Tuesday, May 18, 2010

The Trap of Nihilism

Scott is dead, by his own hand, and I've been struggling to make sense of it (against the impulse of my intellect, which knows there's no sense to be made...we have a natural, irrevocable tendency to search for meaning, even in an absurd universe.  Now, why?).  Scott once said to me (complaining), "But Steiny, you always see the good in every person."  I guess that's true- I'm of a much sunnier disposition than he, don't know why, even though I've felt depression as black and absolute as his...I think I know something about the roots of his despair.  Most of it was from unwarranted self-loathing, but there was a portion that happened like this: when you are a teenager, you are in a fight to establish your identity.  This is existentially important, and if you grow up in a politically charged atmosphere your options will be limited.  Por ejemplo- most develop a political consciousness based on the position of their parents.  If you were in high school in the 1980s, you would find that nearly every rational position had been co-opted by some group or other with major negatives attached (once upon a time, the "left" was the exclusive domain of the Hippies, so if you didn't smoke pot or believe in new-age personal growth bullshit, or buy the whole raft of groupthink that went with it, you were suspect, your politics invalid).  "Third Way", "independent" parties aren't much help here, since politics depends on groupthink; even the most hardcore libertarian can find like-"minded" individuals to commiserate with.  That being the case, nihilism becomes very attractive to the teen aged mind; after all, if all the positions are bullshit, then the whole system must be bullshit as well.  I don't think Scott thought of himself as a nihilist (that would have required major insight)- but he did commit suicide, after all.  There was a tendency in him to be malevolent, which bothered me and for which I criticized him, and which I think was the result of an unconscious alignment with nihilism.  But it wasn't his nature, it was a pose he struck as a defense against the dearth of viable positions.  This is obvious to me because of the things he never abandoned- such as a commitment to human rights, and justice (his knee never failed to jerk violently against obviously evil people).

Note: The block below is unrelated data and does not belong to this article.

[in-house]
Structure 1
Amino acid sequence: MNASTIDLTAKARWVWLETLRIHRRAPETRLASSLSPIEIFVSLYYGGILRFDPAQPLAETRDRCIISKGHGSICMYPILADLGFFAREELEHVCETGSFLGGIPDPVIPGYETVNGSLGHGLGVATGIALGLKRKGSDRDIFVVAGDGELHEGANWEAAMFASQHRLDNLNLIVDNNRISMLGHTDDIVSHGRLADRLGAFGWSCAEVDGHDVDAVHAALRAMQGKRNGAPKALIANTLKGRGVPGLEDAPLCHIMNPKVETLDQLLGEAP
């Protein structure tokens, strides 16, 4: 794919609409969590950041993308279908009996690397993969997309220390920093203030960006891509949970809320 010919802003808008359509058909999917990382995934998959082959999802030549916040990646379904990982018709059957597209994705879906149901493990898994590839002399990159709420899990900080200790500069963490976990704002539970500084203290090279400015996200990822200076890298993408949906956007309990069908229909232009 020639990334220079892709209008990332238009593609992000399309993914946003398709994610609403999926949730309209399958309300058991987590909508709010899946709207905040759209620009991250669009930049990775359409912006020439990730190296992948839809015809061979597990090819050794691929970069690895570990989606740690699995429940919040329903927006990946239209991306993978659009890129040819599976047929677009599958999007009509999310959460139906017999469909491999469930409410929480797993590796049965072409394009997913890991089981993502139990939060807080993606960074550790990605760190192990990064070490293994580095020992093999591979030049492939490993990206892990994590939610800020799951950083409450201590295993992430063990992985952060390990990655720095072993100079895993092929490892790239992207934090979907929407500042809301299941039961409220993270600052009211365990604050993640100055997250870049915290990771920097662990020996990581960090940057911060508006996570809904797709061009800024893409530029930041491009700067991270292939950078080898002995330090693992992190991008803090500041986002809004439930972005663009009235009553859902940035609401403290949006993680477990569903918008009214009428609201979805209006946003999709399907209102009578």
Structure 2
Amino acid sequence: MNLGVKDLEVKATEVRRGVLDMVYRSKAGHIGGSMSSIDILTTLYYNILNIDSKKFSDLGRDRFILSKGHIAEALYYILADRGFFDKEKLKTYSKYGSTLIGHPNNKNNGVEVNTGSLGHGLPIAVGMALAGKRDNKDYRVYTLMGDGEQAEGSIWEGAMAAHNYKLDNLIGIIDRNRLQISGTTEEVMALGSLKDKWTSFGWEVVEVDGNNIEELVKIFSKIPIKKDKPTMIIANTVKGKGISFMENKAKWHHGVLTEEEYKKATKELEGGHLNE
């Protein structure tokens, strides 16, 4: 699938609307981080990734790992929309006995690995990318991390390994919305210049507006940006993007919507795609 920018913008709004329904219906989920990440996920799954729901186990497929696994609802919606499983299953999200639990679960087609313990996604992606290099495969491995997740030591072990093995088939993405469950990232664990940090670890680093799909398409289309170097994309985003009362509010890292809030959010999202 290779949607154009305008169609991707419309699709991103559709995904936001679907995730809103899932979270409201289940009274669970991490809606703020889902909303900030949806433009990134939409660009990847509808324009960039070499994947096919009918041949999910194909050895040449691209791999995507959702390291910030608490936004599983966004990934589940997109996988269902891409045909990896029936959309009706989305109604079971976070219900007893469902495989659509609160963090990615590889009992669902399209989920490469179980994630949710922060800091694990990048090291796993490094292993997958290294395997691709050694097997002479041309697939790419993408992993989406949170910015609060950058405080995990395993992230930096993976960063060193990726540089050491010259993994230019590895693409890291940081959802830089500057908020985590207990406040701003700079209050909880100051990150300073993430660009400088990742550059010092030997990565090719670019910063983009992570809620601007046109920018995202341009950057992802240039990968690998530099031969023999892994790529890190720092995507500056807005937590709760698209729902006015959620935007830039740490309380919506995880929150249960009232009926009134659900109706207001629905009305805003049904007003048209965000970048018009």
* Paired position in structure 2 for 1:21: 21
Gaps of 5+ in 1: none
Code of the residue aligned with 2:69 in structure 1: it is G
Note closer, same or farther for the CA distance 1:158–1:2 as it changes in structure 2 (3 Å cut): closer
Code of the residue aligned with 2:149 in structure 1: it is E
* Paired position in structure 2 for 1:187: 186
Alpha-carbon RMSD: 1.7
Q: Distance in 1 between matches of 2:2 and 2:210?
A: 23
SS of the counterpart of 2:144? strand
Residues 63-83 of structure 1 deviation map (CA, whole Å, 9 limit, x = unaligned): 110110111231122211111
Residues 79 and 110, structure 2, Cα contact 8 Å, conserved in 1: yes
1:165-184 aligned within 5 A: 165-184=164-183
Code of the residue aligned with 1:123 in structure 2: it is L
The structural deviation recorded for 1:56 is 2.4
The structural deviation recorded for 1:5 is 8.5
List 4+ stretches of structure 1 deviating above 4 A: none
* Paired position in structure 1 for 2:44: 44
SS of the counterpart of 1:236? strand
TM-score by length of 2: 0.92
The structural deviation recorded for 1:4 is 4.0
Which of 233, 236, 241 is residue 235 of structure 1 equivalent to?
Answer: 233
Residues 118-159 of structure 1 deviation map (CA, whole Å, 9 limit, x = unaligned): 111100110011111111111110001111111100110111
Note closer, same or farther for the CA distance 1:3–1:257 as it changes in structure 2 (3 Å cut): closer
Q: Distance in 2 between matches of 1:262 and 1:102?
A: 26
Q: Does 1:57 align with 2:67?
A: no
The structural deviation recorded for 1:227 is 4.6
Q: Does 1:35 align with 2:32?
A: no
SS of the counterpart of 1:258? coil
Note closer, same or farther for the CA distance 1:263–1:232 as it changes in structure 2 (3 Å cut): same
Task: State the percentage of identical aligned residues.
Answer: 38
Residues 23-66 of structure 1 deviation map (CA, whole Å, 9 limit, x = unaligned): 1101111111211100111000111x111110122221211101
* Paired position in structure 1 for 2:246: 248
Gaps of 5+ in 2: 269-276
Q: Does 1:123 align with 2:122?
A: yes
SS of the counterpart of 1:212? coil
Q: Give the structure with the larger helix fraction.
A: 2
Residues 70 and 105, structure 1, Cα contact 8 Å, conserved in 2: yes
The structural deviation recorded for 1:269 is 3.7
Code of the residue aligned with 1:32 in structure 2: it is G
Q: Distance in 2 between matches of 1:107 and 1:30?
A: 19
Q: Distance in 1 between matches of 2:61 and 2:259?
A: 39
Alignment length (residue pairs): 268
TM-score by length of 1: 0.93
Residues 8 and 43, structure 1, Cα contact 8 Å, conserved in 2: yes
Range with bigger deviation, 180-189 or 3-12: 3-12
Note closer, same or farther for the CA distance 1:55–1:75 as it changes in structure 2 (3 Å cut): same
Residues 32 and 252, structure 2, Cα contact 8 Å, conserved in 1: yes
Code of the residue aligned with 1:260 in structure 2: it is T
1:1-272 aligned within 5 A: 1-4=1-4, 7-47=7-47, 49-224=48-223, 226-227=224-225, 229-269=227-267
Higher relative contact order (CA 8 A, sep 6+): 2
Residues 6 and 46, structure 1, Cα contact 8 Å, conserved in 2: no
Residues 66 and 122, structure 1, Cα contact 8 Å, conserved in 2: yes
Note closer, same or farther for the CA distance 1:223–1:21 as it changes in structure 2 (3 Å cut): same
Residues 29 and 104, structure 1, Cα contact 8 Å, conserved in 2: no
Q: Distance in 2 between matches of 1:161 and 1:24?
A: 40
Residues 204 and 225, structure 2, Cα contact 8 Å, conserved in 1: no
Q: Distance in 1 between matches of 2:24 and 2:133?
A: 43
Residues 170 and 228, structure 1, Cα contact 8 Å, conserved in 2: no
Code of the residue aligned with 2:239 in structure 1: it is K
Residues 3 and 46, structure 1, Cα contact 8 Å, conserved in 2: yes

I mention this now because I want to warn anyone considering this position.  Sarte warned against bad faith; and nihilism is bad faith incarnate.  If you find yourself fed up, and everyone in the world is saying things that make you sick, then it is your obligation to create a position and articulate it.  Walter Sobchek: "Say what you will about the tenets of National Socialism, but at least it's an ethos."  Art (which to me includes all the human creative endeavors, language, music, politics, law) is our best defense against the abyss, our birthright as Homo Sapiens, but most importantly a requirement of continued membership in life.  Nihilism adds no comfort, makes no statements, shines no light and offers no solutions.  There's a difference between that and art with the flavor of nihilism, which can be downright exhilarating: the Sex Pistols pump you up, and it's fun to give the finger to The Man, but all these "movements" that have annihilation as their core value (teabaggismobjectivism, end-times-ism) appeal mainly to those who are losing it all and want everyone else to lose it all too.  Stay away from that shit!  It's mind poison!  Be creative!  "Go not gentle into that good night" means not just to hang on to life, but also to battle death, the abyss that stares into us.